Despite Ancona’s newfound media attention and images of him grandstanding before a burning cross, Mark Potok, of the Southern Poverty Law Center, told the St. Louis Post-Dispatch that the group was "not very significant at all" and was "one of the smallest groups out there" with only 40 members in chapters in Missouri, Idaho and Pennsylvania. In past years, Ancona had been in-fighting with other Klan leaders, who incorrectly, said Potok, accused him and his wife of being Jewish.

Who are Malissa Ancona and Paul Edward Jinkerson Jr.?
On her Facebook page, Malissa Ancona lists that she's from Imperial, Missouri, married to Frank Ancona and volunteers at a pet adoption non-profit. An old Twitter account describes her as an Imperial Klokan in the Traditionalist American Knights and includes links to the Klan's regional website.

Jinkerson, the stepson, wrote on his Facebook page that he's from Belgrade, Missouri, and studies computer science at Mineral Area College. His page has several videos of him strumming his guitar, most recently singing "Broken" by Los Angeles rock band Lifehouse.

Prosecuting attorney Jerrod Mahurin told the St. Louis Post-Dispatch that Jinkerson didn't live with the Aconas, but stayed with them sometimes, describing to reporters the relationship between stepson and stepfather as "so-so." According to the newspaper, Jinkerson was previously arrested on unrelated property damage and attempted stealing charges and violated his probation in a 2016 drug possession case. Eric Barnhart, a Missouri-based lawyer who represented Jinkerson in past cases addressed the recent murder charge: "I don’t believe it for a second that he did it." Barnhart told reporters he isn't sure whether he will represent Jinkerson this time around, but said he didn’t believe Jinkerson was a member of the KKK or other hate groups.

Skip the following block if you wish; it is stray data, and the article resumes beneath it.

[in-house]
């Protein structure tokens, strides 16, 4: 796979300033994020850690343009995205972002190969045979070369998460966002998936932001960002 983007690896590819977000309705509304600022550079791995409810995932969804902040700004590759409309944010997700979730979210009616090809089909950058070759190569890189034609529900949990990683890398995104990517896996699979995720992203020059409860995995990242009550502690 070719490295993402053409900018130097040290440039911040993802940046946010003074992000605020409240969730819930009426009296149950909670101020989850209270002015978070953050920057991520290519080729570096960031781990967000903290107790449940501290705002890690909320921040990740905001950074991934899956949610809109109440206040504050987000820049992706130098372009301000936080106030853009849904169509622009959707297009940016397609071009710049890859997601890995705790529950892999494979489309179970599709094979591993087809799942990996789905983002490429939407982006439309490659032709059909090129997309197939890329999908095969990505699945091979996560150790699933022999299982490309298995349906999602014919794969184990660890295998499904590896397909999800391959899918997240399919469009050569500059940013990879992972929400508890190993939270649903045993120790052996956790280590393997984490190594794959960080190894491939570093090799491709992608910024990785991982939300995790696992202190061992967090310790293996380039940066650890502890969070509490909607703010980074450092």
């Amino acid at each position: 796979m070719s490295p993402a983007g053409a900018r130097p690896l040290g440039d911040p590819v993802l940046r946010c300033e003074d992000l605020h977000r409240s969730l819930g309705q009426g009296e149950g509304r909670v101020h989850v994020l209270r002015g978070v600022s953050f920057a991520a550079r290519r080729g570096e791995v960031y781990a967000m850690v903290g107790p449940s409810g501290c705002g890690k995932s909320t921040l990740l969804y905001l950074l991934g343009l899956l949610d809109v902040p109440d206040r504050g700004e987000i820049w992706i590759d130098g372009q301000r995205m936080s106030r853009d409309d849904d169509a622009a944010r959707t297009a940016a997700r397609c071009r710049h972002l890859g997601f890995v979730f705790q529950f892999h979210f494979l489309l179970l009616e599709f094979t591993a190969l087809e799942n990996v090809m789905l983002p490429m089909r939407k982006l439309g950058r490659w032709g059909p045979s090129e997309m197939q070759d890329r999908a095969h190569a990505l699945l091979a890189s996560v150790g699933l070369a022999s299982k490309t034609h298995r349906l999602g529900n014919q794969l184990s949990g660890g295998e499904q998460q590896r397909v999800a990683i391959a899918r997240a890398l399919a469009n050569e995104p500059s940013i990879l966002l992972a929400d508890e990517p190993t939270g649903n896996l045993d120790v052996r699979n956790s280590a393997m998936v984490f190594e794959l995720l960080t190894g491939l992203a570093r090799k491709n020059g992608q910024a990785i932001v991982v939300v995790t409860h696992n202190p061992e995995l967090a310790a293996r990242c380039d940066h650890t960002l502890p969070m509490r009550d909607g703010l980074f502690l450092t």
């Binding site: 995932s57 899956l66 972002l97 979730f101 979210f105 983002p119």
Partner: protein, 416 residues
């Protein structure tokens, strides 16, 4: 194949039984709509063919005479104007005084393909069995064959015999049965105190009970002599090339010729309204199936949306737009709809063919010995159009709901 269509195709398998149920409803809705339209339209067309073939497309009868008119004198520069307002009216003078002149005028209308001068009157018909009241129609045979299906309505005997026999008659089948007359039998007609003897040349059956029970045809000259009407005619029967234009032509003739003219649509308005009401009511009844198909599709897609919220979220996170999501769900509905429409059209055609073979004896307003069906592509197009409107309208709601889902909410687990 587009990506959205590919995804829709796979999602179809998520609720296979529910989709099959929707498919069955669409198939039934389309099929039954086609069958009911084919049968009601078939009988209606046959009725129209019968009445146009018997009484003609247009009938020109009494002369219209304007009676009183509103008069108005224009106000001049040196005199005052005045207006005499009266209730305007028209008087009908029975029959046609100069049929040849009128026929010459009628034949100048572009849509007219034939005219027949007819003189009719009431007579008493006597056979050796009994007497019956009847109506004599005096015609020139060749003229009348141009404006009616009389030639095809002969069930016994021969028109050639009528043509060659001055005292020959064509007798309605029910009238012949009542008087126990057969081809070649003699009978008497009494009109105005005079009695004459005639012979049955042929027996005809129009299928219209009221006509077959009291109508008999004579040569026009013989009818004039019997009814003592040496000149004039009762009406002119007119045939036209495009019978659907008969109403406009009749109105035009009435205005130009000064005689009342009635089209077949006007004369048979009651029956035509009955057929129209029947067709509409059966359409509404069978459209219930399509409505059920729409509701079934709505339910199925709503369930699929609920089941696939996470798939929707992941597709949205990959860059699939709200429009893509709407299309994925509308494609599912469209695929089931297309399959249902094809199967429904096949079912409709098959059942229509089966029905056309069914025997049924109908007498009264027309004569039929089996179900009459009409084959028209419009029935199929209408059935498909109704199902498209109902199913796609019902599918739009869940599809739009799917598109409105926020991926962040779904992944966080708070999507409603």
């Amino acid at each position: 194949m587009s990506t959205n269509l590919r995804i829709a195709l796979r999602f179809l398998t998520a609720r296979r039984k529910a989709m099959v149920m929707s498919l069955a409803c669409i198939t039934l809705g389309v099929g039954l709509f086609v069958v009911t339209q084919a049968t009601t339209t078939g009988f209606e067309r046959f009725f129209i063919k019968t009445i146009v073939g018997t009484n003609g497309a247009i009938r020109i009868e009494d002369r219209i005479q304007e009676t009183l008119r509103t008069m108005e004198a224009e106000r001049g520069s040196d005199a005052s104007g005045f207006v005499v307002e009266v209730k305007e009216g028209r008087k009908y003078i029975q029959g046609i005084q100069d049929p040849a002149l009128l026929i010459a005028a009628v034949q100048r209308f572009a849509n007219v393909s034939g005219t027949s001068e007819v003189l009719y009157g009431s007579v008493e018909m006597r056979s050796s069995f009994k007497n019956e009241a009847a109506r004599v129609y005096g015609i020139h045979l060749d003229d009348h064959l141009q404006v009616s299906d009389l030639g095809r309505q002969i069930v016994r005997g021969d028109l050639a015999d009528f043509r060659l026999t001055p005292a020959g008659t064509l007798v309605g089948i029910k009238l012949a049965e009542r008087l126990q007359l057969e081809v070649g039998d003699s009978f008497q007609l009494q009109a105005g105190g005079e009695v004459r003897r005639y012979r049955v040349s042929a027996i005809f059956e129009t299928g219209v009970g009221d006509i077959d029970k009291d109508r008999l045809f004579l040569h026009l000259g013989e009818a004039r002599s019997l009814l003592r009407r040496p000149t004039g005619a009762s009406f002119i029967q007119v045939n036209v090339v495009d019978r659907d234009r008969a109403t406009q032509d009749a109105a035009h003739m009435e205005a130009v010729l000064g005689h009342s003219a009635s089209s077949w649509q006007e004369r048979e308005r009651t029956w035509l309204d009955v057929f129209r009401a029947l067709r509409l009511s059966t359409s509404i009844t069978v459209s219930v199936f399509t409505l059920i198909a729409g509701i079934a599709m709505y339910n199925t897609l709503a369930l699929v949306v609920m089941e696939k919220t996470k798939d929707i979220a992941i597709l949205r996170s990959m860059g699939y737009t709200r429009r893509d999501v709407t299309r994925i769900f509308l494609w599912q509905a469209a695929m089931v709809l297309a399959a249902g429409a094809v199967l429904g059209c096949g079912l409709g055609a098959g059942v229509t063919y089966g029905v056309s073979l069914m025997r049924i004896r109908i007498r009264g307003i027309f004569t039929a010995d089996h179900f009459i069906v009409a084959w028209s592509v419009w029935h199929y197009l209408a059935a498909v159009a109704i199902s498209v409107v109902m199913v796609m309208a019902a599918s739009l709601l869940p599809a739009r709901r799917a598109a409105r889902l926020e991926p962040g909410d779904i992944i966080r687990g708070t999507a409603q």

Could anyone else have a motive?

Three years ago, Robert Jones, of the Illinois-based Loyal White Knights of the KKK, told reporters that Frank Ancona and his wife were Jewish. "He's being exposed all through the Klan world as a fake," Jones told the local Patch site. "He ain't even white." Ancona called Jones's KKK group a crew of "drunks and druggies" and said he'd admit if he were Jewish.

Even with the in-fighting, the St. Francois Sheriff's Department, along with prosecutor Jerrod Mahurin, said Paul Edward Jinkerson Jr. shot his stepfather at his home not because of his ties to the KKK, but because he told his wife he wanted a divorce.

What led authorities to suspect his family?